This case further confirms that a drafting solicitor of a new Will owes no duty of care to a beneficiary under a former Will. This of course must be distinguished from cases brought by beneficiaries under a current Will of a deceased testator where the drafting solicitor has been negligent. A solicitor has a duty to competently fulfill the testator's instructions. If the lawyer is careless in the drafting or execution of a Will, the beneficiaries could suffer a loss and could have grounds for a claim against the drafting solicitor. 

N.B. For more information on solicitor negligence in the estates context, see my journal article in the Advocates Quarterly, "Solicitor's Negligence: Estates and Trust", [2016] 45 Adv. Q. 102.

[1] 2017 BCCA 59
[2] 2016 BCSC 1388 at para. 17. The son was represented at the hearing by a lawyer. It is unknown if the lawyer or the son drafted the pleadings.

by Krystyne Rusek

In October of last year, we wrote about the proposed changes to Ontario legislation governing parentage, which were introduced by "Bill 28, All Families Are Equal Act (Parentage and Related Registrations Statute Law Amendment), 2016" ("Bill 28") . [1]
Following Committee consideration and amendment in October and November, Bill 28 passed third reading in the legislature on November 29th, 2016. On December 5th, 2016, Bill 28 received Royal Assent.  Amendments to various Acts, pursuant to the Bill, were declared in force on January 1st, 2017.  A brief examination of the amendments to the Succession Law Reform Act is provided by this piece.


The issue of succession rights of posthumously conceived children has become a prominent legal issue in recent years in Canada, fueled by the decisions of individuals to have children later in life and the decreasing cost of fertility treatments.
In 2004, the federal government enacted the Assisted Human Reproduction Act (the "AHRA")[2], which governs assisted human reproduction and reproductive technology.  Section 8 of the AHRA requires that written consent be given by the donor to the use of his or her human reproductive material, whether it is obtained before or after death from the donor. [3]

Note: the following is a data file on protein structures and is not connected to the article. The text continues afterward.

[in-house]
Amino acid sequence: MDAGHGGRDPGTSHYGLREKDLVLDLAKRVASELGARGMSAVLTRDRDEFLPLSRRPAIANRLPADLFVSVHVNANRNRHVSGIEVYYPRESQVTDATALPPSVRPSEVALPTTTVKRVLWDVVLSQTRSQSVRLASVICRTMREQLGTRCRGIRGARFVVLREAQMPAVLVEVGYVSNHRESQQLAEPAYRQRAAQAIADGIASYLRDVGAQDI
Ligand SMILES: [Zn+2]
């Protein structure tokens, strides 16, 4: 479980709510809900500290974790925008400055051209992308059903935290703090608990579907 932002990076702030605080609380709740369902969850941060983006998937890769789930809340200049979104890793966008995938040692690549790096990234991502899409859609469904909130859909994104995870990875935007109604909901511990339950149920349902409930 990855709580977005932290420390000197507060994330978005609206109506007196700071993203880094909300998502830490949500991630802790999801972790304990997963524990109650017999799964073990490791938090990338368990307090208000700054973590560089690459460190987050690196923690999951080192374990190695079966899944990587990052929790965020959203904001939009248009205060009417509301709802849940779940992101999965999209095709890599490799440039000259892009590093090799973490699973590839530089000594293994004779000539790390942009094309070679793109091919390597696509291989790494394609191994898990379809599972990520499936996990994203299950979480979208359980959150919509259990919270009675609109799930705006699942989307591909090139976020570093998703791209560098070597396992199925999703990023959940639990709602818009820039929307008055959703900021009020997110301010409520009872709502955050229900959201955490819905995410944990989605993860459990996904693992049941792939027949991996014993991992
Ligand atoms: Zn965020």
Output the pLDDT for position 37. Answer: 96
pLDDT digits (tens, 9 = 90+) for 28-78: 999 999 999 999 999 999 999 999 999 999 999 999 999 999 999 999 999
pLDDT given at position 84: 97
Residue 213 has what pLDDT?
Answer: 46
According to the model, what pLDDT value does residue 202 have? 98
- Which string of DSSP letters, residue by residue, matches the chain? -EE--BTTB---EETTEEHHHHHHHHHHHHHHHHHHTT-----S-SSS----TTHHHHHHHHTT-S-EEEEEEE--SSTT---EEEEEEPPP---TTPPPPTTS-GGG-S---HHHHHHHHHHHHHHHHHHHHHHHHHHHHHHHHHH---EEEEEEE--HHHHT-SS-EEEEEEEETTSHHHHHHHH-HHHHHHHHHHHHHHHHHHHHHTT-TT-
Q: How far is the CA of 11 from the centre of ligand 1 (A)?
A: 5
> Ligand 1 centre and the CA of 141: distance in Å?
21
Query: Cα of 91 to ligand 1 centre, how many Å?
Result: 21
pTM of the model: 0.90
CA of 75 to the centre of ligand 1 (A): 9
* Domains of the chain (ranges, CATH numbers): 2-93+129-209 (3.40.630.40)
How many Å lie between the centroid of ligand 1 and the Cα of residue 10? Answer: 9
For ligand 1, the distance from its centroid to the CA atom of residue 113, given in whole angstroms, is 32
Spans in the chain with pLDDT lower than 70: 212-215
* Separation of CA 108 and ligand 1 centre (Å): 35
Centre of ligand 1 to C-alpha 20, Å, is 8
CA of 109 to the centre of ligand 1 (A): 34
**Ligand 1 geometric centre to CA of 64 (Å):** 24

However, laws of parentage and succession fall within provincial jurisdiction and are determined in accordance with the laws of the province in which the child is born. It is therefore incumbent on each province to enact legislation that addresses the succession rights of children conceived posthumously, but which also accords with the requirements of the AHRA.

British Columbia was the first province to enact legislation to address the succession rights of posthumously conceived children. In 2010, British Columbia amended the Wills, Estates and Succession Act ("WESA") to permit posthumously conceived children to inherit from a deceased parent, provided certain conditions are met.[4]  The inheritance rights under WESA are limited to claims against the parent and any right to inherit from a relative of the deceased person begins on the date the descendant is born.   This means that the estate of a grandparent or other relative may be fully distributed between the time of conception and the date of birth of the child, without the child having legal entitlement or a claim against that estate.
Ontario has now taken steps to address the issue through similar changes to the Succession Law Reform Act, (the "SLRA") [5] , through the enactment of Bill 28.

Bill 28 amends the definition of "child" in the SLRA to include a child conceived and born alive after the parent's death, provided certain conditions are met.